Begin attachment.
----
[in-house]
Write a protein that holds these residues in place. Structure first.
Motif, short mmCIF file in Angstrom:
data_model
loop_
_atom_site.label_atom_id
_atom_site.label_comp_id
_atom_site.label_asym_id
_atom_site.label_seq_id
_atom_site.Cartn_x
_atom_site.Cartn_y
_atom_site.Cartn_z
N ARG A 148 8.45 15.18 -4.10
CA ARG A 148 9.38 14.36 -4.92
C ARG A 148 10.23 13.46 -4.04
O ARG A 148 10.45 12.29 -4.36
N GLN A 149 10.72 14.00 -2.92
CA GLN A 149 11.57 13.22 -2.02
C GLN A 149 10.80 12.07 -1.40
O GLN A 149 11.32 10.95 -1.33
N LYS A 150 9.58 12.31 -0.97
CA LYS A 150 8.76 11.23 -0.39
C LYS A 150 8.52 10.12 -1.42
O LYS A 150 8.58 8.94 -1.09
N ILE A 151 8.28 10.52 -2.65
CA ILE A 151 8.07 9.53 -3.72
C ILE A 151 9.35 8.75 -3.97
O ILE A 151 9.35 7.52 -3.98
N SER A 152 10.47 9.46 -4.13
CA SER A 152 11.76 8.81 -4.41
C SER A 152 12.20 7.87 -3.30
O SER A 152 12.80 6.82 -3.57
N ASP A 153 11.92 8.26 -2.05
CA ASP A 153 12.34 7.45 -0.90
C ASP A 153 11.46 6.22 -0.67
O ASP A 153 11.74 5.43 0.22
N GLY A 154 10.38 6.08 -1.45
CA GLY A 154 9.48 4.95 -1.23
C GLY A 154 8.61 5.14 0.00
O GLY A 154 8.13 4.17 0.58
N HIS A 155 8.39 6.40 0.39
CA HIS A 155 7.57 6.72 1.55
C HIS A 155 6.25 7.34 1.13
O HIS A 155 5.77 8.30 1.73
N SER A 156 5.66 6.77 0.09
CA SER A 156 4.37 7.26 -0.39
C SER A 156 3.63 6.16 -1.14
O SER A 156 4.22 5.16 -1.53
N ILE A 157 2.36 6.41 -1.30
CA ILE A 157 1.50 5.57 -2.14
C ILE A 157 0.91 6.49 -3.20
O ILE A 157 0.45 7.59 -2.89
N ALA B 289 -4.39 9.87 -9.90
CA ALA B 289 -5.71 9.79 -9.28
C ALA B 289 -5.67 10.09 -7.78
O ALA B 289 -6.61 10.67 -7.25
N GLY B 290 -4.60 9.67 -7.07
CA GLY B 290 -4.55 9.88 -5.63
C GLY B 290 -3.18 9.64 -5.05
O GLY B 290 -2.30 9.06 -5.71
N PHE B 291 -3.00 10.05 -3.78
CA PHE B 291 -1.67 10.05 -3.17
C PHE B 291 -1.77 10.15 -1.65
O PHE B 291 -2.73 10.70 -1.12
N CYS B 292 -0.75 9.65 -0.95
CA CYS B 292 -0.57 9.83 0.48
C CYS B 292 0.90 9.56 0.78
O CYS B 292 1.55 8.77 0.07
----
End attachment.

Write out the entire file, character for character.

[in-house]
Write a protein that holds these residues in place. Structure first.
Motif, short mmCIF file in Angstrom:
data_model
loop_
_atom_site.label_atom_id
_atom_site.label_comp_id
_atom_site.label_asym_id
_atom_site.label_seq_id
_atom_site.Cartn_x
_atom_site.Cartn_y
_atom_site.Cartn_z
N ARG A 148 8.45 15.18 -4.10
CA ARG A 148 9.38 14.36 -4.92
C ARG A 148 10.23 13.46 -4.04
O ARG A 148 10.45 12.29 -4.36
N GLN A 149 10.72 14.00 -2.92
CA GLN A 149 11.57 13.22 -2.02
C GLN A 149 10.80 12.07 -1.40
O GLN A 149 11.32 10.95 -1.33
N LYS A 150 9.58 12.31 -0.97
CA LYS A 150 8.76 11.23 -0.39
C LYS A 150 8.52 10.12 -1.42
O LYS A 150 8.58 8.94 -1.09
N ILE A 151 8.28 10.52 -2.65
CA ILE A 151 8.07 9.53 -3.72
C ILE A 151 9.35 8.75 -3.97
O ILE A 151 9.35 7.52 -3.98
N SER A 152 10.47 9.46 -4.13
CA SER A 152 11.76 8.81 -4.41
C SER A 152 12.20 7.87 -3.30
O SER A 152 12.80 6.82 -3.57
N ASP A 153 11.92 8.26 -2.05
CA ASP A 153 12.34 7.45 -0.90
C ASP A 153 11.46 6.22 -0.67
O ASP A 153 11.74 5.43 0.22
N GLY A 154 10.38 6.08 -1.45
CA GLY A 154 9.48 4.95 -1.23
C GLY A 154 8.61 5.14 0.00
O GLY A 154 8.13 4.17 0.58
N HIS A 155 8.39 6.40 0.39
CA HIS A 155 7.57 6.72 1.55
C HIS A 155 6.25 7.34 1.13
O HIS A 155 5.77 8.30 1.73
N SER A 156 5.66 6.77 0.09
CA SER A 156 4.37 7.26 -0.39
C SER A 156 3.63 6.16 -1.14
O SER A 156 4.22 5.16 -1.53
N ILE A 157 2.36 6.41 -1.30
CA ILE A 157 1.50 5.57 -2.14
C ILE A 157 0.91 6.49 -3.20
O ILE A 157 0.45 7.59 -2.89
N ALA B 289 -4.39 9.87 -9.90
CA ALA B 289 -5.71 9.79 -9.28
C ALA B 289 -5.67 10.09 -7.78
O ALA B 289 -6.61 10.67 -7.25
N GLY B 290 -4.60 9.67 -7.07
CA GLY B 290 -4.55 9.88 -5.63
C GLY B 290 -3.18 9.64 -5.05
O GLY B 290 -2.30 9.06 -5.71
N PHE B 291 -3.00 10.05 -3.78
CA PHE B 291 -1.67 10.05 -3.17
C PHE B 291 -1.77 10.15 -1.65
O PHE B 291 -2.73 10.70 -1.12
N CYS B 292 -0.75 9.65 -0.95
CA CYS B 292 -0.57 9.83 0.48
C CYS B 292 0.90 9.56 0.78
O CYS B 292 1.55 8.77 0.07